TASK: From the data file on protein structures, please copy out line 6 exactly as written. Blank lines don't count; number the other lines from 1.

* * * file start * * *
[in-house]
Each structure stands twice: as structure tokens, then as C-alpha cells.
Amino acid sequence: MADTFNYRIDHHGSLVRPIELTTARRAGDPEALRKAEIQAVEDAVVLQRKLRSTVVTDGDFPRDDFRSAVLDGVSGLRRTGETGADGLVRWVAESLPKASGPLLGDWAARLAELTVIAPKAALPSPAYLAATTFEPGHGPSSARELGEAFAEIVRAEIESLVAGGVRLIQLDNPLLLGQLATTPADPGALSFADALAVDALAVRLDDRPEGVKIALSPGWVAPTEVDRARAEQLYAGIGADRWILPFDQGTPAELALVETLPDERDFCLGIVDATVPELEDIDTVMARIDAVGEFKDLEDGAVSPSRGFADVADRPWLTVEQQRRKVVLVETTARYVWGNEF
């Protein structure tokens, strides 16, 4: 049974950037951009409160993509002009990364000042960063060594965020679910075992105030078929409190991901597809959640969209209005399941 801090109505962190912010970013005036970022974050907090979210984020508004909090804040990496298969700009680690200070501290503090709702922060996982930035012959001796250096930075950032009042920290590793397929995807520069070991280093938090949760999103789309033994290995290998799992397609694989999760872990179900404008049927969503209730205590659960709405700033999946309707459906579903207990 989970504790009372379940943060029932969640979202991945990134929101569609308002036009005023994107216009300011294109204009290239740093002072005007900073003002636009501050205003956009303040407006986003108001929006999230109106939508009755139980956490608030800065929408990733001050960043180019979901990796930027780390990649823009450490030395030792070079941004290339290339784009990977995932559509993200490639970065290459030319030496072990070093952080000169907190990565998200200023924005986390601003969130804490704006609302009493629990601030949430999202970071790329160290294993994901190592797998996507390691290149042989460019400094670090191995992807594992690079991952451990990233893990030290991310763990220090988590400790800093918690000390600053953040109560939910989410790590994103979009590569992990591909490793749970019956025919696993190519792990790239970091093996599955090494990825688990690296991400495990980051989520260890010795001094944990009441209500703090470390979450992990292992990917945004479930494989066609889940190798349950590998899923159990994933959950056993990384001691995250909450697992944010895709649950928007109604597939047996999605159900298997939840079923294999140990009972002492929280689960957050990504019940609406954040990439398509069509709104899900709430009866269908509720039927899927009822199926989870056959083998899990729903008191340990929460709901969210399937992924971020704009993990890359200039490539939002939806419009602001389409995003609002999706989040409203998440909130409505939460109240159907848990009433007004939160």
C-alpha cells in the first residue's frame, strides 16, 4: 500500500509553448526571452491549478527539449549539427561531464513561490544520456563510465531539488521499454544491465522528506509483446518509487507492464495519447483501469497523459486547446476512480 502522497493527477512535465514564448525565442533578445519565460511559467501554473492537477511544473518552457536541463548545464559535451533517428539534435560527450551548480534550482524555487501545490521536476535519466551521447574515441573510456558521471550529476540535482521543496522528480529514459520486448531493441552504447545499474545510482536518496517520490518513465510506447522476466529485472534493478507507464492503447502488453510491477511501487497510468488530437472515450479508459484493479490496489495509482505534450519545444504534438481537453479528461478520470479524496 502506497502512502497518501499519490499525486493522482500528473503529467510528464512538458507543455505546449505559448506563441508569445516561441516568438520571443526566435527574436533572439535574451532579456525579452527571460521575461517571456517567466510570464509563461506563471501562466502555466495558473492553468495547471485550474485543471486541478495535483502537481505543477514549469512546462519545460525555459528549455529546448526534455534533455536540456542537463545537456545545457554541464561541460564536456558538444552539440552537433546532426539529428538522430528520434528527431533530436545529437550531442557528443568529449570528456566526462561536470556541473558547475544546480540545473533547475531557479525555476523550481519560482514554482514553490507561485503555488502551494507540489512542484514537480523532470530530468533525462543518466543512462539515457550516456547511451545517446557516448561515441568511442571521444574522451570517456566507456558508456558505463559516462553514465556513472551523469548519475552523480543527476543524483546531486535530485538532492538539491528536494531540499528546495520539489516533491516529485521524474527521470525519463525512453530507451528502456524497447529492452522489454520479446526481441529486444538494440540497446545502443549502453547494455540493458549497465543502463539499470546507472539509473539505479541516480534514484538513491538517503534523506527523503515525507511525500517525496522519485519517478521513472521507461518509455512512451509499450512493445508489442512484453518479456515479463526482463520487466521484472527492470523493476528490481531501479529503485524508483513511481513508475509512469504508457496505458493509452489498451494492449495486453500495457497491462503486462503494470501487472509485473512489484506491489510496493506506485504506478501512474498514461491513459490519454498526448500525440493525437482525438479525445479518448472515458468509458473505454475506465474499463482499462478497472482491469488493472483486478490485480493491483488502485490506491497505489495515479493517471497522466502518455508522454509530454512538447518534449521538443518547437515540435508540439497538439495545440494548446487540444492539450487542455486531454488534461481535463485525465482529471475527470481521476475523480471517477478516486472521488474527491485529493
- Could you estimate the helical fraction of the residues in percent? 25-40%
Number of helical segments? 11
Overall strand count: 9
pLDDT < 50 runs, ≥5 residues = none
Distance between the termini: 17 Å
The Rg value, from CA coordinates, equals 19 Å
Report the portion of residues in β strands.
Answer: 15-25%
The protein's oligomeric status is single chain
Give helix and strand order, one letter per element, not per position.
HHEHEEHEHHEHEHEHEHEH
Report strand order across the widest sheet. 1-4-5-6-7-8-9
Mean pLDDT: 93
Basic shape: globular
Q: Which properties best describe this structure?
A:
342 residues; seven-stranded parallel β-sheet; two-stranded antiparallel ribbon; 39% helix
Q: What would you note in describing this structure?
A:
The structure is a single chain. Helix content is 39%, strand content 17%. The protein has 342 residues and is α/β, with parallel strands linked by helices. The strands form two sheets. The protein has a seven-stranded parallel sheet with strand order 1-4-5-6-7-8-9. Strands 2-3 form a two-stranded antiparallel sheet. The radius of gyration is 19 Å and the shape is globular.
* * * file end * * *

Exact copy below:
- Could you estimate the helical fraction of the residues in percent? 25-40%